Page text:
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Yassin Haythame Mohamad v. Barry Smith

March 12, 2012


The opinion of the court was delivered by: U.S. Magistrate Judge Maureen P. Kelly


KELLY, Magistrate Judge

Plaintiff, Yassin Haythame Mohamad, ("Plaintiff" or "Mohamad"), is a prisoner in the custody of the Pennsylvania Department of Corrections ("DOC"), and is currently incarcerated at the State Correctional Institution ("SCI") at Graterford. Mohamad has brought this civil rights suit against Lieutenant Barry Smith ("Smith"), Corrections Officer Stephen Best ("Best"), Corrections Officer Robert Dick ("Dick") and Sergeant Thomas Bogardus ("Bogardus") (collectively, "Defendants"), alleging that Defendants used excessive force against him during an altercation that occurred on December 17, 2007, while Mohamad was housed at SCI-Forest. Presently before the Court is a Motion for Summary Judgment submitted by Defendants. ECF No. 45. For the reasons that follow, the Motion will be granted.


It is undisputed that as of December 17, 2007, Mohamad was on a variety of security- related movement restrictions due to his history of assaultive behavior.*fn1 The restrictions, which were to be used whenever Mohamad was out of his cell, required that Mohamad be handcuffed at all times; that the handcuffs were to be attached to a waist belt and a tether; that he was to be shackled; that all movement was to be videotaped; that a Commissioned Officer was required to be present at all times; and that Mohamad was to wear a spit shield.*fn2 ECF No. 46-1: pp. 4-5 at ¶ 4; p. 11 at ¶ 4; pp. 16-17 at ¶ 4. It is also undisputed that Defendants were aware not only generally of Mohamad's history of assaultive behavior but of the movement restrictions imposed on him. ECF No. 46-1, p. 5 at ¶ 5. See ECF No. 46 ¶¶ 6, 7; ECF No. 55 ¶¶ 6, 7.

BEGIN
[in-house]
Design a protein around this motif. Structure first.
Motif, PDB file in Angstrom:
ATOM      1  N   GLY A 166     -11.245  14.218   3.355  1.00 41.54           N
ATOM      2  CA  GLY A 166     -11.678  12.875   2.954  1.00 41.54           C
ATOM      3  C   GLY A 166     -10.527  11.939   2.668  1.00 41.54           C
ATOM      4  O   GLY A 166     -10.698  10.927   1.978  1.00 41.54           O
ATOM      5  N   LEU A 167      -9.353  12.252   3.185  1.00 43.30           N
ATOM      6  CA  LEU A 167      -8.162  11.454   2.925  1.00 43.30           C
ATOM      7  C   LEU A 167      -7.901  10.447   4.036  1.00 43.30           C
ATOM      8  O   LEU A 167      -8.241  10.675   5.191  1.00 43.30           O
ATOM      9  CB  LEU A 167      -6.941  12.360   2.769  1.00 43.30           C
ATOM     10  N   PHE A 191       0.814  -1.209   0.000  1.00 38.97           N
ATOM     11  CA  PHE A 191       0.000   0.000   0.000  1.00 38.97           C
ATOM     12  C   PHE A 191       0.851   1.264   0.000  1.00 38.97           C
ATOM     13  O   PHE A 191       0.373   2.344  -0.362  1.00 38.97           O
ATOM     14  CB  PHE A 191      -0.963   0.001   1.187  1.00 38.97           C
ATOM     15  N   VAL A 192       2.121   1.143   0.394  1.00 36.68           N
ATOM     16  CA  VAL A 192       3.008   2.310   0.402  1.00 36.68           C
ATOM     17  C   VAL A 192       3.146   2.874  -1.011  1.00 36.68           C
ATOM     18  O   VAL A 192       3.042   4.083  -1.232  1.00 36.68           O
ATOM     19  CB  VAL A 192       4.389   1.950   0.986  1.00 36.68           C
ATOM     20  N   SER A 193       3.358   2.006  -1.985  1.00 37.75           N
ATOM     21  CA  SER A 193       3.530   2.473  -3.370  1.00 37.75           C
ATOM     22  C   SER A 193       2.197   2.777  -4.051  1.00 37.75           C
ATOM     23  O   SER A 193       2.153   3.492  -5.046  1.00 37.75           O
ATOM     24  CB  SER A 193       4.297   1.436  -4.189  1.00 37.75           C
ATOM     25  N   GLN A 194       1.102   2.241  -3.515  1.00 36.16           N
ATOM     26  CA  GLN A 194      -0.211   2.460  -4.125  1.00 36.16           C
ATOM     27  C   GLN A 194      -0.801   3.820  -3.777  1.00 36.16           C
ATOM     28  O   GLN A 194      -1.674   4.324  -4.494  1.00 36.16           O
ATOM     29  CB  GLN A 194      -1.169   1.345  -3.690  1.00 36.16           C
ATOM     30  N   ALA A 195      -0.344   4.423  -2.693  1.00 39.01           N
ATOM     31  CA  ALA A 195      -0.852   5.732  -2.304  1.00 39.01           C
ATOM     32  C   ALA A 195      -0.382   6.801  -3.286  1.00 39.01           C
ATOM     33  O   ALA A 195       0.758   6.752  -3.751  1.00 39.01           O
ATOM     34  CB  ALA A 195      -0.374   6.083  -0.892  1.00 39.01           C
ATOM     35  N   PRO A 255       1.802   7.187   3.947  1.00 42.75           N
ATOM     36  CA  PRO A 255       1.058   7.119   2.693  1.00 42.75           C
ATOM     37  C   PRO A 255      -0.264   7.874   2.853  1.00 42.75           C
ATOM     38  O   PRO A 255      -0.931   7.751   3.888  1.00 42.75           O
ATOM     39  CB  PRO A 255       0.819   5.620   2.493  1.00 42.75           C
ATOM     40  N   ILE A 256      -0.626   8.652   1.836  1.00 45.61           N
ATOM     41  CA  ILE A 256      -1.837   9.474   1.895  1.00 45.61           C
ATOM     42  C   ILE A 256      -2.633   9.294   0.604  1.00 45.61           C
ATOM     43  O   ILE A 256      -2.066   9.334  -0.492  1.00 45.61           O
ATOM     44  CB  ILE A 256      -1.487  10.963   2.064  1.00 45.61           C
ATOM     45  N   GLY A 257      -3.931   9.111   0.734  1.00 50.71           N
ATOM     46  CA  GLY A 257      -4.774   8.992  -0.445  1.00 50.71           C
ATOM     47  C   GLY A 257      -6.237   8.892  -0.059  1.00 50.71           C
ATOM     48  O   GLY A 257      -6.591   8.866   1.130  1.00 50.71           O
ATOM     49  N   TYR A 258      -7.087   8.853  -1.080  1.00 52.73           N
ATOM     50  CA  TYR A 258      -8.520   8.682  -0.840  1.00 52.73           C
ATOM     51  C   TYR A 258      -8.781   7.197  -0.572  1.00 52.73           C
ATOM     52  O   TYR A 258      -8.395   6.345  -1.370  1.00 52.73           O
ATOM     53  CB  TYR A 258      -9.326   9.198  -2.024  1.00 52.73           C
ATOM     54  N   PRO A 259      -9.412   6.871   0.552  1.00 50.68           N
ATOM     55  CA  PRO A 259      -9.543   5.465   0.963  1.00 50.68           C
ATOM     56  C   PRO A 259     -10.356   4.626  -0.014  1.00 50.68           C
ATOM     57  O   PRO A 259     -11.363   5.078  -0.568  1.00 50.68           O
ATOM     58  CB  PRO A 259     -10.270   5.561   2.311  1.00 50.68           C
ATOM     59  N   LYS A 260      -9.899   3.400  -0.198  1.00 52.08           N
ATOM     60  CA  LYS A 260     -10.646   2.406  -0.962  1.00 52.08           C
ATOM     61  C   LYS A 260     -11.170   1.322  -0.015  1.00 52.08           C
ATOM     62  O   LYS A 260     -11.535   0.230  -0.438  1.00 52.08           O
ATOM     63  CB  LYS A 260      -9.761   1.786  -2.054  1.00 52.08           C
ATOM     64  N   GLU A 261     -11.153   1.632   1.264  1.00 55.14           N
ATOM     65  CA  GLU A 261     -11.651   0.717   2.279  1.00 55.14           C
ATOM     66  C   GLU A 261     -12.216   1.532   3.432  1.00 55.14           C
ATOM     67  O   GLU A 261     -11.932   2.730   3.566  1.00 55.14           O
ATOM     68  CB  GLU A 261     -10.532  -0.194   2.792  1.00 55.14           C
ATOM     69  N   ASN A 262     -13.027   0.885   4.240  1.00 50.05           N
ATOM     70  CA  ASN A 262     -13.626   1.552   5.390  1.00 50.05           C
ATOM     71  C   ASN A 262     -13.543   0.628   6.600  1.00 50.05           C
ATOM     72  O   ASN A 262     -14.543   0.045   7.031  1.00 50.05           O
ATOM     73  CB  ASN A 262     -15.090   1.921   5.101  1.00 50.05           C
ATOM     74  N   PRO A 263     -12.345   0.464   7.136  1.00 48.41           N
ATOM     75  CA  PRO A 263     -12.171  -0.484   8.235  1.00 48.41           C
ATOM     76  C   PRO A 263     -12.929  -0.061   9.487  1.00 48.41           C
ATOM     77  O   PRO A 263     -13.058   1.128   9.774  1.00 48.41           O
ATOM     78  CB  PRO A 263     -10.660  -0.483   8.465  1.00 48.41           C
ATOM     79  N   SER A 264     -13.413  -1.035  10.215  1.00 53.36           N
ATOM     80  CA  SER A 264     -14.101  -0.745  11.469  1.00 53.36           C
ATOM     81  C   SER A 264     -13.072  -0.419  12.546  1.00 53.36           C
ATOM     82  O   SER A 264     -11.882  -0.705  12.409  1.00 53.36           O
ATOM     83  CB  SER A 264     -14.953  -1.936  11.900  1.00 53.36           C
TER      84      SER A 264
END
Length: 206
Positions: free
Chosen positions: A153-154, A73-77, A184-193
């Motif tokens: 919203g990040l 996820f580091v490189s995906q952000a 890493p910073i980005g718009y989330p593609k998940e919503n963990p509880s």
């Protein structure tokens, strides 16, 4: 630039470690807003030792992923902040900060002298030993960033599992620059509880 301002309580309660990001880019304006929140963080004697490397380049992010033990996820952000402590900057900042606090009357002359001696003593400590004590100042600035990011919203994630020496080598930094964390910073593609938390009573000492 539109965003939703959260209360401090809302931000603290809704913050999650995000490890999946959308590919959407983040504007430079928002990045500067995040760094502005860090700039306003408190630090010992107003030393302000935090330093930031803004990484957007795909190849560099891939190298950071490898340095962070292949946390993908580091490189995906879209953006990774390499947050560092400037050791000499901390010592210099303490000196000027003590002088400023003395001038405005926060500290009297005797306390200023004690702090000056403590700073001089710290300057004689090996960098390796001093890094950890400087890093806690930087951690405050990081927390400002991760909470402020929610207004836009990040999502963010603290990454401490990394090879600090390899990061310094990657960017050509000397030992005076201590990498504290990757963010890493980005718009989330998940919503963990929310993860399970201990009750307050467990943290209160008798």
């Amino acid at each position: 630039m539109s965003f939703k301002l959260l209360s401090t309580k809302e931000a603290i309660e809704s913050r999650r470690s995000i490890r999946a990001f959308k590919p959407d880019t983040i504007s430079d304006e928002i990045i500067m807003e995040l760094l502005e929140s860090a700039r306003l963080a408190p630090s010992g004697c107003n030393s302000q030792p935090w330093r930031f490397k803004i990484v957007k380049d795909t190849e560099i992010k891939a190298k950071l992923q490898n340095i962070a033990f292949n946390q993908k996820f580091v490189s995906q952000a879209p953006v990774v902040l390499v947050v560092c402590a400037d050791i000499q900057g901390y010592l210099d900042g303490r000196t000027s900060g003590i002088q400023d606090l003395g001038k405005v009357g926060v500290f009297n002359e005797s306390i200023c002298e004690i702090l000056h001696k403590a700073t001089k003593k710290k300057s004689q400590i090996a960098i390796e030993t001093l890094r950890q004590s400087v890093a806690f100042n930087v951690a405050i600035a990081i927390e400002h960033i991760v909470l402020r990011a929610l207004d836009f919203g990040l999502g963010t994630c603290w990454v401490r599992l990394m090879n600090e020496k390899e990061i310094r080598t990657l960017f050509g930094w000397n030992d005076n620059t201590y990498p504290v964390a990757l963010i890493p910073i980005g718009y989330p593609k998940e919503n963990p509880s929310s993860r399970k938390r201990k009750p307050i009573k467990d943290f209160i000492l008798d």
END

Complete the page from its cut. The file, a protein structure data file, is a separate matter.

On December 17, 2007, Defendant Smith, as a Commissioned Officer, was supervising Defendants Best and Bogardus as they escorted Mohamad from the Receiving and Discharge ("R&D") area at SCI-Forest to the Restricted Housing Unit ("RHU"). Defendant Dick was assigned to operate the hand held video camera.*fn3 ECF No. 46-1: p. 4 at ¶¶ 2, 18; p. 9; p. 11 at ¶ 2; p. 16 at ¶ 2. See ECF No. 46, ¶ 4; ECF No. 55 ¶ 4. Defendants have attested to the fact that as they were preparing to escort Mohamad from R&D to the RHU, they were informed that his inmate ID photo was outdated and that they were to escorted Mohamad to the photo room. ECF No. 46-1: p. 5 at ¶ 6; p. 12 at ¶ 6; p. 17 at ¶ 5. See ECF No. 46-3, pp. 1-11.